“This constitutes reprehensible conduct and is sufficient reason for a punitive costs order,” said the judge. “Her actions caused SAA and the country immense harm and it was of the utmost importance that she be brought before a Court to answer for her deeds.”

                                                                                                                                                                                                                      Judge Tolmay said Myeni had claimed she couldn’t afford to get to court but failed to disclose earnings from her various directorships, that she remained a director of at least four companies, and that she owned a property worth R4.2-million in Richards Bay. She later offered another explanation for failing to attend, which the judge called dishonest, constituted perjury and was worthy of a punitive costs order.

                                                                                                                                                                                                                      Judge Tolmay referred to Myeni’s use of appeals against the interlocutory applications she lost to delay the case.

                                                                                                                                                                                                                      “This conduct was clearly calculated to cause maximum delay and disruption. In fact, it succeeded in prolonging this trial substantially and contributed to the plaintiffs’ costs. Ms Myeni finally elected not to attend trial for the duration of the plaintiffs’ evidence, despite this Court’s repeated warnings that this would compromise her defence. In these circumstances, justice and equity requires that the plaintiffs be fully indemnified, to the greatest extent possible, for the costs of this litigation,” said the judge, awarding costs against Myeni.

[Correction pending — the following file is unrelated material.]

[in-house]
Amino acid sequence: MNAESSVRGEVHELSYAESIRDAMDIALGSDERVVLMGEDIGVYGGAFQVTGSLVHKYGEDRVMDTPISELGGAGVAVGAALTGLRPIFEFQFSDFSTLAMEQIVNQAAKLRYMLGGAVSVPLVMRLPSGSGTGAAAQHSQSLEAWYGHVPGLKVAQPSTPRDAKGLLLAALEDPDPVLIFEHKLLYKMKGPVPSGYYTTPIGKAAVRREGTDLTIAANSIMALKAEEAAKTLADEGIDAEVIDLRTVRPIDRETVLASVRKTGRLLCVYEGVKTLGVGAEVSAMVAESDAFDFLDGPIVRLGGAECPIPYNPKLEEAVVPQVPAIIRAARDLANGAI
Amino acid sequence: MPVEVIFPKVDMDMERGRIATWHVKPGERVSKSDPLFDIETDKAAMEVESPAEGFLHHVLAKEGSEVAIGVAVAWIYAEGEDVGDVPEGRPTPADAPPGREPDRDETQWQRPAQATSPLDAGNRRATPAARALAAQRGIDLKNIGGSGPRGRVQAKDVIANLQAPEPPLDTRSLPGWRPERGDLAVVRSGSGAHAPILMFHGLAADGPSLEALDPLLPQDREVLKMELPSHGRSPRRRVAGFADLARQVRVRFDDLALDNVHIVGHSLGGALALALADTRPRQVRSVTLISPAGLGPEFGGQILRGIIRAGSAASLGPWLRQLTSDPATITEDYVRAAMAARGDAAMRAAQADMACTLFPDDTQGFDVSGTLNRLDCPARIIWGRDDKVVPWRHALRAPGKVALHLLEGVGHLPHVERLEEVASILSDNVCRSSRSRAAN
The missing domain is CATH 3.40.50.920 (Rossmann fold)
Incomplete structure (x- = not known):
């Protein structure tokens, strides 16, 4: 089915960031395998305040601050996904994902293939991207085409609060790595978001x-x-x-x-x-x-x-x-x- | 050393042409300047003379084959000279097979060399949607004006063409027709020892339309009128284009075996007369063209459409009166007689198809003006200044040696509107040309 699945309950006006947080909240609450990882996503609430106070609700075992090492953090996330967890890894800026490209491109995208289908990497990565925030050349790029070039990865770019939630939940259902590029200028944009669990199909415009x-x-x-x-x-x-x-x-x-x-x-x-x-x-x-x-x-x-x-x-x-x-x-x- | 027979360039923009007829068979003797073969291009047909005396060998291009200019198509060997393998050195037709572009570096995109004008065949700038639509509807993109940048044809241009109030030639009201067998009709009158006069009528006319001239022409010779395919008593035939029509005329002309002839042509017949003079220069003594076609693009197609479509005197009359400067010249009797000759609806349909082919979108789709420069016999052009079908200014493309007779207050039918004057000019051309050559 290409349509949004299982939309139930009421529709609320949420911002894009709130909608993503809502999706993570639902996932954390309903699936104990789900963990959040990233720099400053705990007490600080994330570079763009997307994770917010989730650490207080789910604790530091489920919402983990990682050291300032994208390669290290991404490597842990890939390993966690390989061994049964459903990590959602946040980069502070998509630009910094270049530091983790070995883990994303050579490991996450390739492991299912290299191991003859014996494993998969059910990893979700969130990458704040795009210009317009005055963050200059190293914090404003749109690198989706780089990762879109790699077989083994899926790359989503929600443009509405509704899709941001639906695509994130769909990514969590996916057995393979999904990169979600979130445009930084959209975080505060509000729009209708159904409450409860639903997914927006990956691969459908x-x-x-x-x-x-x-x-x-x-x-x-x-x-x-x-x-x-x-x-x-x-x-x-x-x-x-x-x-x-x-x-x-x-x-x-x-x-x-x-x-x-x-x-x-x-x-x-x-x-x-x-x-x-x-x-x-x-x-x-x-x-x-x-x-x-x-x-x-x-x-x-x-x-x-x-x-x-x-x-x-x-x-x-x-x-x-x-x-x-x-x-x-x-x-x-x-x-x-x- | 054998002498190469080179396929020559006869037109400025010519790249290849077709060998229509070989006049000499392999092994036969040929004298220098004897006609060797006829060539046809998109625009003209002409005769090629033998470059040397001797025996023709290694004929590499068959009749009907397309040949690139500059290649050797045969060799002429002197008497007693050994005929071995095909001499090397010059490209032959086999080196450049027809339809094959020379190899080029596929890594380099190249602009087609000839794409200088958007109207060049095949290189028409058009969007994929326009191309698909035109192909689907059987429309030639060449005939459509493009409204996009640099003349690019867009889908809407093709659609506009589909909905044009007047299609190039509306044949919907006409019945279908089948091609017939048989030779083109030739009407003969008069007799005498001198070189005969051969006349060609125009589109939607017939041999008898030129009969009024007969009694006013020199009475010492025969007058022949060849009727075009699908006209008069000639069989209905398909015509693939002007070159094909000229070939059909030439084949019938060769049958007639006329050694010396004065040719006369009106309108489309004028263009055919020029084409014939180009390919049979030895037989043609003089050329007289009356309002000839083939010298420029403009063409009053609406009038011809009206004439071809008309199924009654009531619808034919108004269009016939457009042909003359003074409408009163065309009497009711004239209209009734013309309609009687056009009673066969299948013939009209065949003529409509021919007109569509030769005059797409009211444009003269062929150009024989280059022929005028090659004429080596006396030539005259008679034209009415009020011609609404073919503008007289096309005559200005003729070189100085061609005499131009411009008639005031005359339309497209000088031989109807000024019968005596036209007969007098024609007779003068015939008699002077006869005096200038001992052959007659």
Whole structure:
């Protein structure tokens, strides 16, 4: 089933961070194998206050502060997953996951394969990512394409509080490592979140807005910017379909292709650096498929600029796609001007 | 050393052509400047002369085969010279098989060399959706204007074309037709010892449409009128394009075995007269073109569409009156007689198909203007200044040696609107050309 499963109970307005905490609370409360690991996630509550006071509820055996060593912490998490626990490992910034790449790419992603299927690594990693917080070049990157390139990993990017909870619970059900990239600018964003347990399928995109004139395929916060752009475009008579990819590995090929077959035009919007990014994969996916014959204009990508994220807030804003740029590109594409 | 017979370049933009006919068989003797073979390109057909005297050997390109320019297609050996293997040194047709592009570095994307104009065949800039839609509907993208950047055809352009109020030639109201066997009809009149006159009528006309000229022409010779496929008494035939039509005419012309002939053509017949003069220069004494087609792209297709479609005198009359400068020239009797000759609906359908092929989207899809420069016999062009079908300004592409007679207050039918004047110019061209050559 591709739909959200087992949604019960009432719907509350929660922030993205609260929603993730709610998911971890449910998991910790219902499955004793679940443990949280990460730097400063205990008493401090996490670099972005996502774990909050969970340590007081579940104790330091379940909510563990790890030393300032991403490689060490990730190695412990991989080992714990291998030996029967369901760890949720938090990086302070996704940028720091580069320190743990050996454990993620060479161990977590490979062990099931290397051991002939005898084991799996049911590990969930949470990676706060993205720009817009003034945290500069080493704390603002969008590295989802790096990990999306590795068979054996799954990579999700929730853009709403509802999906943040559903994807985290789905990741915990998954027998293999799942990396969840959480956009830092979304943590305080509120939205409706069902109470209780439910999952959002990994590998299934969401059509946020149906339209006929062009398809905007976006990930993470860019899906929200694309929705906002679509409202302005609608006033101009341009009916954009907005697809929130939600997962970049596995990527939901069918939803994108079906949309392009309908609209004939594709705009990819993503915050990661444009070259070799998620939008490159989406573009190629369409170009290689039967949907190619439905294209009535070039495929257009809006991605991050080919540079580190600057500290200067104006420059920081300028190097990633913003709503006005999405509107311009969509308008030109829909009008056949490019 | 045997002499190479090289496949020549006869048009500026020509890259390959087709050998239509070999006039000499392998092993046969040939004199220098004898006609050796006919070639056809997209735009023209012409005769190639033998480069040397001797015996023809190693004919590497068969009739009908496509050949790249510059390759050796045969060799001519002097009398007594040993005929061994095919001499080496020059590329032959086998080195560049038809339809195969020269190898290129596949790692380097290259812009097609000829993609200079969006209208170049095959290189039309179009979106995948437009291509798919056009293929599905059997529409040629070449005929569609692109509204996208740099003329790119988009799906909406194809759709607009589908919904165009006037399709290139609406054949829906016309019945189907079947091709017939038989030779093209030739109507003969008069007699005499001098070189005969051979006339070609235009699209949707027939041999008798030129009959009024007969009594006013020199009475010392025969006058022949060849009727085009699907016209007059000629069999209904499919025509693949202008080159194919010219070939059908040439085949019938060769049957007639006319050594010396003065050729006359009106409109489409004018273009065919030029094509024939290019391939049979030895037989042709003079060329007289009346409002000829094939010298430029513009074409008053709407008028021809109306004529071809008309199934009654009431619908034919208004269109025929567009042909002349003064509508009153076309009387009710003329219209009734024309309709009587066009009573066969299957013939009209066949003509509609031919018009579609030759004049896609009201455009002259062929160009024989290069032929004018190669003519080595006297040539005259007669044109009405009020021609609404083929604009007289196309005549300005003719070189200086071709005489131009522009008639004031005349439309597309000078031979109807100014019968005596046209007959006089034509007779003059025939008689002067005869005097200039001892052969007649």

The background
                                                                                                                                                                                                                      OUTA and SAAPA filed the application against Myeni in March 2017.

                                                                                                                                                                                                                      In October 2019, tge started in the Pretoria High Court, heard by Judge Ronel Tolmay.

                                                                                                                                                                                                                      OUTA and SAAPA were represented by advocates Carol Steinberg, Chris McConnachie and Nada Kakaza, instructed by Rashaad Pandor Attorneys. Myeni was represented by Advocate Nqabayethu Buthelezi, instructed by Lugisani Daniel Mantsha. 

                                                                                                                                                                                                                      OUTA’s legal team spent hours in consultations with witnesses and working on court papers, often resulting in sleepless nights, and five weeks at trial.

                                                                                                                                                                                                                      Evidence presented by OUTA-SAAPA showed how Myeni was instrumental in scuppering deals which had dire financial consequences not only for the national airline but for South Africa as a whole. This resulted in losses of billions of rand for SAA and took it to the brink of bankruptcy; in December 2019 the airline was placed in business rescue and its future is still in the balance.